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Comprehensive phylogeny of birds (Aves) using DNA



Ben Creisler
bcreisler@gmail.com


New in Nature:

Richard O. Prum, Jacob S. Berv, Alex Dornburg, Daniel J. Field,
Jeffrey P. Townsend, Emily Moriarty Lemmon & Alan R. Lemmon (2015)
A comprehensive phylogeny of birds (Aves) using targeted
next-generation DNA sequencing.
Nature (advance online publication)
doi:10.1038/nature15697
http://www.nature.com/nature/journal/vaop/ncurrent/full/nature15697.html

Although reconstruction of the phylogeny of living birds has
progressed tremendously in the last decade, the evolutionary history
of Neoaves—a clade that encompasses nearly all living bird
species—remains the greatest unresolved challenge in dinosaur
systematics. Here we investigate avian phylogeny with an unprecedented
scale of data: >390,000 bases of genomic sequence data from each of
198 species of living birds, representing all major avian lineages,
and two crocodilian outgroups. Sequence data were collected using
anchored hybrid enrichment, yielding 259 nuclear loci with an average
length of 1,523 bases for a total data set of over 7.8 × 107 bases.
Bayesian and maximum likelihood analyses yielded highly supported and
nearly identical phylogenetic trees for all major avian lineages. Five
major clades form successive sister groups to the rest of Neoaves: (1)
a clade including nightjars, other caprimulgiforms, swifts, and
hummingbirds; (2) a clade uniting cuckoos, bustards, and turacos with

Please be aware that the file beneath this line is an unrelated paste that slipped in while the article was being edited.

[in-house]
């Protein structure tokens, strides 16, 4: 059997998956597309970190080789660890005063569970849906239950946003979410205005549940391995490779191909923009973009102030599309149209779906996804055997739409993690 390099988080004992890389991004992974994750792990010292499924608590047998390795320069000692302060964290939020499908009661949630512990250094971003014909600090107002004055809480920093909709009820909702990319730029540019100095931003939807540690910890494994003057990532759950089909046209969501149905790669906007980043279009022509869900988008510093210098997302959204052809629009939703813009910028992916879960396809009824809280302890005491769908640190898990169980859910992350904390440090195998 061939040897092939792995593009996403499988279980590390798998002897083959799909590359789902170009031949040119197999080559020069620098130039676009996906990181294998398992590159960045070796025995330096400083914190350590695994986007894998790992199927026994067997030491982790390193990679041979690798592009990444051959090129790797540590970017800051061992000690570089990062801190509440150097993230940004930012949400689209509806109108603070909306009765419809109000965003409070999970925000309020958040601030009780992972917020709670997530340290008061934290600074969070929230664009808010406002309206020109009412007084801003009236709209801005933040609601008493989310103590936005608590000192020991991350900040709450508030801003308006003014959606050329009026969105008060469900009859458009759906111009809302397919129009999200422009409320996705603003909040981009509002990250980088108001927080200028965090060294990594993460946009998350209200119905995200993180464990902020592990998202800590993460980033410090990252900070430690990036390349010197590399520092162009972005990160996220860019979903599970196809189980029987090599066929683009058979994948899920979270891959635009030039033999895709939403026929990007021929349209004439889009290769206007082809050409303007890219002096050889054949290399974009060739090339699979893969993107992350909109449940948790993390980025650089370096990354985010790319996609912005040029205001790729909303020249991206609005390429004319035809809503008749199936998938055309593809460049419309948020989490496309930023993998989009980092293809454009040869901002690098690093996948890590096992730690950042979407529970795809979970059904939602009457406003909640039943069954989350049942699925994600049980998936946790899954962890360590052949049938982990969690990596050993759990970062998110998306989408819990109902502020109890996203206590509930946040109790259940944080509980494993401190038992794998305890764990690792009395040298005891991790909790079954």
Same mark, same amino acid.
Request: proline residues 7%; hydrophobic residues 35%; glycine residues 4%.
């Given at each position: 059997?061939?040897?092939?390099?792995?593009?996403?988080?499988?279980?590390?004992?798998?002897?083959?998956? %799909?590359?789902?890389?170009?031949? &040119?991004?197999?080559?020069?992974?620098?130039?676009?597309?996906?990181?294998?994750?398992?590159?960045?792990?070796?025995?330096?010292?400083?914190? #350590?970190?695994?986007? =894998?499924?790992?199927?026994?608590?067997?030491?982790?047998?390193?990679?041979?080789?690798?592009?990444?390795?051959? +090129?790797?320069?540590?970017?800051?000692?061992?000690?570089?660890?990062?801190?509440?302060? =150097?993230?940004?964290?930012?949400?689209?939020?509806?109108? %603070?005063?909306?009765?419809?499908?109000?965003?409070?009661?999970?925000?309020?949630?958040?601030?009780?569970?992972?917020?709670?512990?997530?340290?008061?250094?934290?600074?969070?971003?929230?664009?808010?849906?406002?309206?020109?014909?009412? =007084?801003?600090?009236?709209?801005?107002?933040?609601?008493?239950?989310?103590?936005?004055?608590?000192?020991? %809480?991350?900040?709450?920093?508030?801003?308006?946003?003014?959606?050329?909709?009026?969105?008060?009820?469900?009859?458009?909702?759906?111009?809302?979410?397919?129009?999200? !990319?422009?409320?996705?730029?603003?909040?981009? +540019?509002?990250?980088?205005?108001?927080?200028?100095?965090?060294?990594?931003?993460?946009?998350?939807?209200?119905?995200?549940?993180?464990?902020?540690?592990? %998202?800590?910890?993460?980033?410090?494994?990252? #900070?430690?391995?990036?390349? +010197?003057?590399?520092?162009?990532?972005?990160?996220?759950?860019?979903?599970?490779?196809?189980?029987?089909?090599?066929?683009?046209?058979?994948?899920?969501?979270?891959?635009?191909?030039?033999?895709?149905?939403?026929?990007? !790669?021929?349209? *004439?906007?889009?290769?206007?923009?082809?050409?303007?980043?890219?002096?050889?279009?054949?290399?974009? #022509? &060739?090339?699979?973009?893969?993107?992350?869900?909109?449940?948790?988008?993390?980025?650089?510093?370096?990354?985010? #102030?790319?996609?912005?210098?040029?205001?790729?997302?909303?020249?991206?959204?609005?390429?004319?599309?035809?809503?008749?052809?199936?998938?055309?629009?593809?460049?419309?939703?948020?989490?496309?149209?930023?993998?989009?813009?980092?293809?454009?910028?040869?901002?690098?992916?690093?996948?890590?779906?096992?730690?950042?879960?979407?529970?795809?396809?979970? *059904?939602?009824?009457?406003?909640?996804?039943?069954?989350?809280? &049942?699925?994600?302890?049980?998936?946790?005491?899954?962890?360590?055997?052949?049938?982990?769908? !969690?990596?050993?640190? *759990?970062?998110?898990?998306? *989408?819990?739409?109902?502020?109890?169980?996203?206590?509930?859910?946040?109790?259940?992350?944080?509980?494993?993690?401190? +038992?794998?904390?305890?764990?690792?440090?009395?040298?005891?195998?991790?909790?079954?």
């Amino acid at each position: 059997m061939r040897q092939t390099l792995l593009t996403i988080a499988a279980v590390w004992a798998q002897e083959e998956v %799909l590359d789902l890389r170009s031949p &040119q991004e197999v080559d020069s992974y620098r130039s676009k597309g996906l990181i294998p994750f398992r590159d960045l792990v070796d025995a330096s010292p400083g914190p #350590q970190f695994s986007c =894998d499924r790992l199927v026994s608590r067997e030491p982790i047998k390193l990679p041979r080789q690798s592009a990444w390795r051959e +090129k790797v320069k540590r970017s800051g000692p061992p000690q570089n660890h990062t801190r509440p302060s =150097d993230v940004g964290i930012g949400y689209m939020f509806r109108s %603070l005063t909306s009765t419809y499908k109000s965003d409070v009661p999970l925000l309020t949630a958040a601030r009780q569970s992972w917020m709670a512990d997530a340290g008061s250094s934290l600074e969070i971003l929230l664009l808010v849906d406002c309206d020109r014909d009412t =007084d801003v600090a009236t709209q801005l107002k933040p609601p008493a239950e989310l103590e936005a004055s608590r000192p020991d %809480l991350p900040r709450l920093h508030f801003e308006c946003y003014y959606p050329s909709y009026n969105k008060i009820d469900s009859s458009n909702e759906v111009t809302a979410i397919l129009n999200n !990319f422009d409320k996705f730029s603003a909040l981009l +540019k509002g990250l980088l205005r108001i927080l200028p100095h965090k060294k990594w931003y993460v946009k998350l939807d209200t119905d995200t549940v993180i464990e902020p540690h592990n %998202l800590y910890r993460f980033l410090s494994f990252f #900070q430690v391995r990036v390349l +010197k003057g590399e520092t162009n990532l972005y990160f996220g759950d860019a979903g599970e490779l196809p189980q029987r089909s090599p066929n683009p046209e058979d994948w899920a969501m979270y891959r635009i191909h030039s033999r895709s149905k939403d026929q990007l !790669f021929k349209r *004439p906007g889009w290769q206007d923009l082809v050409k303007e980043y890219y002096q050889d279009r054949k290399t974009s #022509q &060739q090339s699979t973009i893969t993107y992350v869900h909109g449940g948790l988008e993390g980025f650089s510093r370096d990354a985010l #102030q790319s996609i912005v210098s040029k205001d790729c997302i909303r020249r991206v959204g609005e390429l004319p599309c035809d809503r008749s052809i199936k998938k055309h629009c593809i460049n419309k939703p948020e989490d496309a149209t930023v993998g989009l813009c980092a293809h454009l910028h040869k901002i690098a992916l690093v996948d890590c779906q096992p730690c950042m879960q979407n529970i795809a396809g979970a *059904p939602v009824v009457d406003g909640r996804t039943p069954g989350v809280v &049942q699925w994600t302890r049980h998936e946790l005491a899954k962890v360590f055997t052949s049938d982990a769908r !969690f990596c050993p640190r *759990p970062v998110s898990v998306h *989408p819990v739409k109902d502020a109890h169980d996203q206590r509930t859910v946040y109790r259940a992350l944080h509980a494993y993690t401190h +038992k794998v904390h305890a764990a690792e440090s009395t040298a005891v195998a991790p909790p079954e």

pigeons, mesites, and sandgrouse; (3) cranes and their relatives; (4)
a comprehensive waterbird clade, including all diving, wading, and
shorebirds; and (5) a comprehensive landbird clade with the enigmatic
hoatzin (Opisthocomus hoazin) as the sister group to the rest. Neither
of the two main, recently proposed Neoavian clades—Columbea and
Passerea—were supported as monophyletic. The results of our divergence
time analyses are congruent with the palaeontological record,
supporting a major radiation of crown birds in the wake of the
Cretaceous–Palaeogene (K–Pg) mass extinction.

==

Gavin H. Thomas (2015)
Evolution: An avian explosion
Nature (advance online publication)
doi:10.1038/nature15638
http://www.nature.com/nature/journal/vaop/ncurrent/full/nature15638.html

The genome sequences of 198 bird species provide an unprecedented
combination of breadth and depth of data, and allow the most robust
resolution so far of the early evolutionary relationships of modern
birds.
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